It appears fashionable these days, and almost politically correct, to blame hard-working immigrants, especially those from Mexico and Central America, for the social and economic ills of our state and nation. Anti-immigrant fervor on TV and radio talk shows, citizens attempting to enforce immigration laws and the enactment of restrictive laws, such as the Real ID Act, are evidence of this trend. Some of our elected officials are joining the parade, going so far as to call for the closing of our southern border.
This growing hysteria is nothing new: Similar scapegoating has occurred at other troubled times in our nation's history, most prominently against Asian and European immigrants during the late 19th century and during the two world wars of the 20th century. By and large the United States has been able to resist the temptation to close its doors to the world, but not without unjust victimization of "foreigners."
Now we find ourselves in another period of national self-doubt. The war on terrorism has made national security a legitimate concern, and a rising deficit, changes brought on by globalization and even the price of oil have thrown the nation's economic health into question. But as Congress prepares to engage in a debate on immigration reform, we must again resist punishing immigrants for problems that are not of their creation.
Despite the assertions of some, immigrants -- including those who are here illegally -- are a benefit to this country. They work hard at difficult jobs in important industries. Most analysts would agree that if all the undocumented immigrants in California were deported in one day, our state would experience a severe economic downturn. This does not even consider the many cultural and spiritual gifts these immigrants bring to our state and nation.
To be clear, the church recognizes the right of our country to control its borders, and it does not condone undocumented migration, which serves neither the interest of the migrant nor the respective countries. Immigration should be enforced in a proportional and humane manner.
But the church also does not condone a broken immigration system in the U.S., one that too easily can lead to the exploitation, abuse and even death of immigrants. In this land of opportunity, it is unacceptable that immigrant workers labor in unsafe conditions for wages insufficient to support their families. It is unacceptable that immigrants, including children, are shackled and detained in deplorable conditions. And it is unacceptable that already this year immigrants have died by the dozens in the California desert or in other parts of the Southwest.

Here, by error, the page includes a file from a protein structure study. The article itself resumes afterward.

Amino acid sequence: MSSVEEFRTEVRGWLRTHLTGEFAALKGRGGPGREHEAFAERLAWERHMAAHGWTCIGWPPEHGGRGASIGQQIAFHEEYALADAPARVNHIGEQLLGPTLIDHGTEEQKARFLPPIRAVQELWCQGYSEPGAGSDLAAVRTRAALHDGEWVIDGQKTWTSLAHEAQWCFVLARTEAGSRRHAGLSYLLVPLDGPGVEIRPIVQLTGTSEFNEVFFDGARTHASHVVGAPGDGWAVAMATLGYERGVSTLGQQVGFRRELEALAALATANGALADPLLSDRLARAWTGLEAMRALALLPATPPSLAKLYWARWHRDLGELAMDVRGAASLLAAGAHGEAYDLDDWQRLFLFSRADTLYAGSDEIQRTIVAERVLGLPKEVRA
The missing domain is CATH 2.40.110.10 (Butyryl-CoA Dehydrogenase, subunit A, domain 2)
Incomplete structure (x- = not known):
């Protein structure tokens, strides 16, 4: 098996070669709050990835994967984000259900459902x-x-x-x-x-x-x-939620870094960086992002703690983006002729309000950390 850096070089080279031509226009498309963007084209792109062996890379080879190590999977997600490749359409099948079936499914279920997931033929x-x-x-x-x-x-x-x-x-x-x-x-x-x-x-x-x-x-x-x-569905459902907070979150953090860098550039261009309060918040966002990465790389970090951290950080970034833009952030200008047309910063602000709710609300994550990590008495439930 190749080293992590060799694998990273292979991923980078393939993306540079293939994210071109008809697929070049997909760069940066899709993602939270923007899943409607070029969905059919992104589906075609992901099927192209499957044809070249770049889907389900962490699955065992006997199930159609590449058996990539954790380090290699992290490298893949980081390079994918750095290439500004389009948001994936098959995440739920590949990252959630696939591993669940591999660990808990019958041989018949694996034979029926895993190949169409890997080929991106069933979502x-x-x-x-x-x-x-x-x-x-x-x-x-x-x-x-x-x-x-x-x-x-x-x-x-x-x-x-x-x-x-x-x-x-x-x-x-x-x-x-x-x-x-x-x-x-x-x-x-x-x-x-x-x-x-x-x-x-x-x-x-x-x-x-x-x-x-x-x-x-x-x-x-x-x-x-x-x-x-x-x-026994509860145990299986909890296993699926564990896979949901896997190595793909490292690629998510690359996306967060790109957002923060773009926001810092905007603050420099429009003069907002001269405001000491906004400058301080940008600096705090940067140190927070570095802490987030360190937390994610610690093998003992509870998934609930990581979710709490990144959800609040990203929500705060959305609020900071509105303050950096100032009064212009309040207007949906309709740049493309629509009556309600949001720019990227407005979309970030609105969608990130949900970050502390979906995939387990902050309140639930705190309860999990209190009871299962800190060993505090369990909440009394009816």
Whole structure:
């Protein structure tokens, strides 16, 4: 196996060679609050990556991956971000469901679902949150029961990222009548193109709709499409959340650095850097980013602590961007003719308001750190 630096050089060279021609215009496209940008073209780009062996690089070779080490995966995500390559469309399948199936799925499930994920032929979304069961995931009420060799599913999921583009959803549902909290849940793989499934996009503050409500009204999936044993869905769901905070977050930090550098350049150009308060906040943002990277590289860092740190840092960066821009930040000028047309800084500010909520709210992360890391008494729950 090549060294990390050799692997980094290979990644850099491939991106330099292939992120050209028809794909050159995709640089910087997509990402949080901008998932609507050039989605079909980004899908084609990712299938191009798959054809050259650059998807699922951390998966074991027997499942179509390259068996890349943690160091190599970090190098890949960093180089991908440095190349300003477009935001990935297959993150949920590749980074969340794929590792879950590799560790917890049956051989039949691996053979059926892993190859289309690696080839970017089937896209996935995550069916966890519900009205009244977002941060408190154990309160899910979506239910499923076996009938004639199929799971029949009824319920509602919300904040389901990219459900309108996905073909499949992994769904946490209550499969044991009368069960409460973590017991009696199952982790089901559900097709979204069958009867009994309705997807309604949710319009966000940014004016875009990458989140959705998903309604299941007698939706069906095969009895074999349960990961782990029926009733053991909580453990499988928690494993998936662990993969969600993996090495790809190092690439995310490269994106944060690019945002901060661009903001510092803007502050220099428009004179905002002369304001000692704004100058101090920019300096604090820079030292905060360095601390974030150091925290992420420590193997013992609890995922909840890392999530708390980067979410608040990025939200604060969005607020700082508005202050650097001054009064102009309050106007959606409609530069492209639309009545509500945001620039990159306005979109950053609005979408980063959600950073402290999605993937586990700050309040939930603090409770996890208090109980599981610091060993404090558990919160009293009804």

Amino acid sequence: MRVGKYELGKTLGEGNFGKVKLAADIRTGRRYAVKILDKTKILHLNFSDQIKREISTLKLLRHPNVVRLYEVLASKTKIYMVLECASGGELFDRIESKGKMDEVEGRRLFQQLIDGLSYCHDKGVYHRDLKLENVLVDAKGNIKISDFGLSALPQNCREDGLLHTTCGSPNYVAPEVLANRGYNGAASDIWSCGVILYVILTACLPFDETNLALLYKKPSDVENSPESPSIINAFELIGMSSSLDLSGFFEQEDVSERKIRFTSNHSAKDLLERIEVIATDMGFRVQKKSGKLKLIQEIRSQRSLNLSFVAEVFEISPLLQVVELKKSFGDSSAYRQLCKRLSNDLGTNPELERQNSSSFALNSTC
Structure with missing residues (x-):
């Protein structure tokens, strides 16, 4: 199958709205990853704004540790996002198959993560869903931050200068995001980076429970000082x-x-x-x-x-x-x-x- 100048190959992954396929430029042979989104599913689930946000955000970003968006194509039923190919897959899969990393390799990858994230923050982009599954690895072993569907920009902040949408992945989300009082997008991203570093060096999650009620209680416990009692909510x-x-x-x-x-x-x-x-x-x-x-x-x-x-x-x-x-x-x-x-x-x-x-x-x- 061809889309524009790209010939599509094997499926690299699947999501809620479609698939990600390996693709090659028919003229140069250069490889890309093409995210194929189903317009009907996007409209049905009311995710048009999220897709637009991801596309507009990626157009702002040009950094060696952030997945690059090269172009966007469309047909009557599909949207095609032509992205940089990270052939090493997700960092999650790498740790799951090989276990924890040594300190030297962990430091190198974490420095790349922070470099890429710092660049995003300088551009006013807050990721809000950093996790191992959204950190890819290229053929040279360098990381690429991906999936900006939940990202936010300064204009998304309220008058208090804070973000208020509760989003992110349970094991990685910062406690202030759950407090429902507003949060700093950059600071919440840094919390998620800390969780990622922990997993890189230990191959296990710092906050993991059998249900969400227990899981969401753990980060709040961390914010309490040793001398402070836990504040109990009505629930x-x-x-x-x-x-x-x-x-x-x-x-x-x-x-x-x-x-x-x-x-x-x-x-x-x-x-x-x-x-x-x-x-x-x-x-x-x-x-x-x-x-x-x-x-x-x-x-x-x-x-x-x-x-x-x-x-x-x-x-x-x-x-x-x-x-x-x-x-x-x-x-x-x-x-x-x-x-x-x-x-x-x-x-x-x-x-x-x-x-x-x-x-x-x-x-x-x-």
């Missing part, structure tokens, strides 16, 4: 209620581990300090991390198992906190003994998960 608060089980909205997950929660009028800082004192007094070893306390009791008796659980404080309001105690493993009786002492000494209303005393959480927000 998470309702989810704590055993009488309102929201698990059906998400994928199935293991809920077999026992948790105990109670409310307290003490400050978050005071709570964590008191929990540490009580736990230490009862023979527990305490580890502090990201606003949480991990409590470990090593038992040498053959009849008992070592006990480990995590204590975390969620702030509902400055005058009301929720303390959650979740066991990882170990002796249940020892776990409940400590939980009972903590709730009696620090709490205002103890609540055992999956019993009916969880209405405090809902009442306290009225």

Rather than accept an immoral status quo, our elected officials in Congress should reform, in a comprehensive manner, our legal immigration system. Such reforms should include an opportunity for long-term illegal residents to come out of the shadows -- not to be handed amnesty but to work toward permanent residency. They also should feature a temporary-worker program with worker protections that would deal with the many undocumented workers who cross and recross the border. Finally, it should reform the backlogged family reunification system.
Providing a clear route to legal status for longtime residents and providing legal entry to migrants would not only help cure the excesses of a flawed system but ensure that our nation benefits from the contributions of immigrants participating as full members of their communities. Although some in the public square consider any such rule changes a reward for lawbreakers, we should look at the issue holistically and realistically, and understand that the current law is unjust and must be changed.
Legislation recently introduced by Sens. John McCain of Arizona and Edward M. Kennedy of Massachusetts offers a blueprint to make these necessary changes. President Bush, who should be commended for placing immigration reform on the national agenda, should work with the bill's sponsors and members of both parties to enact a comprehensive remedy to our broken immigration system.
Our country stands at a critical point in its history. Our heritage as a nation of immigrants is at stake. We should not attack undocumented workers for our broader problems at the same time we accept their talent, toil and taxes. We should not blockade our border at the same time that we depend upon the labor of the immigrant nanny, janitor, busboy and agricultural worker.
As we have in the past, we should embrace our immigrant roots and recognize that newcomers to our land are not part of the problem, they are part of the solution.